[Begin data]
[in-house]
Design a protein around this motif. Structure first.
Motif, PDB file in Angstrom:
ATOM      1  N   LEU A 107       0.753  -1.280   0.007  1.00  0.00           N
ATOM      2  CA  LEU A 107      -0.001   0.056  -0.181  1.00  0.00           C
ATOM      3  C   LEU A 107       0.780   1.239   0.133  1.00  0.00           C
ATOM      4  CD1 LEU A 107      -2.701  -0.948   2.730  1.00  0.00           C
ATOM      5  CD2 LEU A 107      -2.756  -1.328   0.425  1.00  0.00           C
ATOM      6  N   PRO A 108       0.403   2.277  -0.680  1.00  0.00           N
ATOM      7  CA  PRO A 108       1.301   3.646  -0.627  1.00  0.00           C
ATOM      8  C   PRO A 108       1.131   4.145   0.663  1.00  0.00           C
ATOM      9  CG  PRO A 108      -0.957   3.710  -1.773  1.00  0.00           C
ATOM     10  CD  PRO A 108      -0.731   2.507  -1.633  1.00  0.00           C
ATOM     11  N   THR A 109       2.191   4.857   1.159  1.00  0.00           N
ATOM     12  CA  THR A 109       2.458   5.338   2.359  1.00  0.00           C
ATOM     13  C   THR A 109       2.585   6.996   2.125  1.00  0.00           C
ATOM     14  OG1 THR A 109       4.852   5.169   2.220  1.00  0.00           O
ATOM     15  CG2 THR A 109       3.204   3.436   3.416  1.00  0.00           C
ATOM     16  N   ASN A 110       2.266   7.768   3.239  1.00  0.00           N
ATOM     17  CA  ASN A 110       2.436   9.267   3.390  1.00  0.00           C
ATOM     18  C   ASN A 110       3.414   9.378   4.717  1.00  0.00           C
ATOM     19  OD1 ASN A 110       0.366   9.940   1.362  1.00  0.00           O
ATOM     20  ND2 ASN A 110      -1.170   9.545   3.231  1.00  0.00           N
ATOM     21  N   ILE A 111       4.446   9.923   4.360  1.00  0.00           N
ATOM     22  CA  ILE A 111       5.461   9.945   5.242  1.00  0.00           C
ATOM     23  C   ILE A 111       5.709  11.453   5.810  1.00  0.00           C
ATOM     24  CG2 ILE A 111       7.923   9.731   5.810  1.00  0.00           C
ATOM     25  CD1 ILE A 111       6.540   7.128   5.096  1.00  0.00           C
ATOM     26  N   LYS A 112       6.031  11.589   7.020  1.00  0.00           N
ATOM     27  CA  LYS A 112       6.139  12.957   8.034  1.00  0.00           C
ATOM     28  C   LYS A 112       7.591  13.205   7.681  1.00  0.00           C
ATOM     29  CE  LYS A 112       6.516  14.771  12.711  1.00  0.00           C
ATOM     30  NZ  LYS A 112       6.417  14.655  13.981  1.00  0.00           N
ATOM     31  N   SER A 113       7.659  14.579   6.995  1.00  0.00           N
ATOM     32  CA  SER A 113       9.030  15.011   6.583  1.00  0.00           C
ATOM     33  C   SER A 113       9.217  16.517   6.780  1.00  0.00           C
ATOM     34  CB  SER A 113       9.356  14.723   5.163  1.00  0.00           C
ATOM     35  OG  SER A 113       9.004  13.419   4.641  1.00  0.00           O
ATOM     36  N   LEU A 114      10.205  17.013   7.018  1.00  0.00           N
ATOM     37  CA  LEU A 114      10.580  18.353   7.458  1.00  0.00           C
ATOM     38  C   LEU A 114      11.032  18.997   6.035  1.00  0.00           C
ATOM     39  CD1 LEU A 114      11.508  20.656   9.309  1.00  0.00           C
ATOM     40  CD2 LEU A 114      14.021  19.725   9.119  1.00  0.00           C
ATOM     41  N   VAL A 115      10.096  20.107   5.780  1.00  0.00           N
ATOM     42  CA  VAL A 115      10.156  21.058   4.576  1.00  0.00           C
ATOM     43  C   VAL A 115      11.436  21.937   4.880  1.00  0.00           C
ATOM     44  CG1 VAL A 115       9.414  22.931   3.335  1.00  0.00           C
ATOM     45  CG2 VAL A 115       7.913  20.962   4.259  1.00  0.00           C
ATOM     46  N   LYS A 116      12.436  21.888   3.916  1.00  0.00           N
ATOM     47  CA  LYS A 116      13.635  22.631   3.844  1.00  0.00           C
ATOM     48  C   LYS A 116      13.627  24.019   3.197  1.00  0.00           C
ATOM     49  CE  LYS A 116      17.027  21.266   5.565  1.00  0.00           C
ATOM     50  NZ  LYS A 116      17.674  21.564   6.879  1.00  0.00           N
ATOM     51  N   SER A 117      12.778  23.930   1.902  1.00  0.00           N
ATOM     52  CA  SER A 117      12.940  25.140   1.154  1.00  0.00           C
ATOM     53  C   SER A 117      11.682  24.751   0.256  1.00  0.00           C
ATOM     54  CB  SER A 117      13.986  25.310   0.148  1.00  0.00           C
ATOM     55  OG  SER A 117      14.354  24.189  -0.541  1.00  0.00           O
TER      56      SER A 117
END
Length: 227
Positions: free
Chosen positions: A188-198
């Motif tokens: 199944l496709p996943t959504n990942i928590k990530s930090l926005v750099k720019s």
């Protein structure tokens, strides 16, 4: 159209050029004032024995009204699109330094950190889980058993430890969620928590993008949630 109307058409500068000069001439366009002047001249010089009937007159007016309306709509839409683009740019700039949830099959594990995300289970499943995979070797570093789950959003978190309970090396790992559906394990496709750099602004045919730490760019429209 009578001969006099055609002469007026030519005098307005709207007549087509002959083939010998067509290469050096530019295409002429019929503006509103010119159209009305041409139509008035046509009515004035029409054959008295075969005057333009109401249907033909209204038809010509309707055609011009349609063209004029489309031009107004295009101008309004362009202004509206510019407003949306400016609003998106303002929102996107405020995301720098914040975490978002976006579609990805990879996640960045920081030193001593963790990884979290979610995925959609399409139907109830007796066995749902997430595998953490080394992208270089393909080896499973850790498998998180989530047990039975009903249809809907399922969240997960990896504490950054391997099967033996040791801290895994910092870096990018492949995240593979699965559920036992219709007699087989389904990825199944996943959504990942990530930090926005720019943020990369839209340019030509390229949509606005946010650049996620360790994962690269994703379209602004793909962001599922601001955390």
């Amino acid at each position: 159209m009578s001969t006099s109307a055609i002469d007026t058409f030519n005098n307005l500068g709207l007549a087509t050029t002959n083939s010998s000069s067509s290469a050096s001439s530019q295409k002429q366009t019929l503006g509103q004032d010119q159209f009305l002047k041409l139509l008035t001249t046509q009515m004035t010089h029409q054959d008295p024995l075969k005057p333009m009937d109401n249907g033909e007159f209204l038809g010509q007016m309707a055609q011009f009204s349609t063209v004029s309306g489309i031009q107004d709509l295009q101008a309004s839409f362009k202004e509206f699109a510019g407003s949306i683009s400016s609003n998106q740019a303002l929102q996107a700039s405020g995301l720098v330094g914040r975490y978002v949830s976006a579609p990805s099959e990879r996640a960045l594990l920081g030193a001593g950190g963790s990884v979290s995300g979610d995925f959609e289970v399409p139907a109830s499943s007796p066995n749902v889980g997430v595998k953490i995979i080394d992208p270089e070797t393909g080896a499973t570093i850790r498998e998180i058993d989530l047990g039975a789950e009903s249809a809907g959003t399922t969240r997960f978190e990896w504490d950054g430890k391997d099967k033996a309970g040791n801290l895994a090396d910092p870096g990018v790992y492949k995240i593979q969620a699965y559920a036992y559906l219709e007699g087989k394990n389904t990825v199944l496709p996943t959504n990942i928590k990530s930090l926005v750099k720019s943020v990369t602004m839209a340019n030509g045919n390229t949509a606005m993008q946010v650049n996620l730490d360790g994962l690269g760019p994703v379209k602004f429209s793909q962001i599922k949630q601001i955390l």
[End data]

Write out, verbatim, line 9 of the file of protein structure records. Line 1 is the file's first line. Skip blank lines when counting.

ATOM      6  N   PRO A 108       0.403   2.277  -0.680  1.00  0.00           N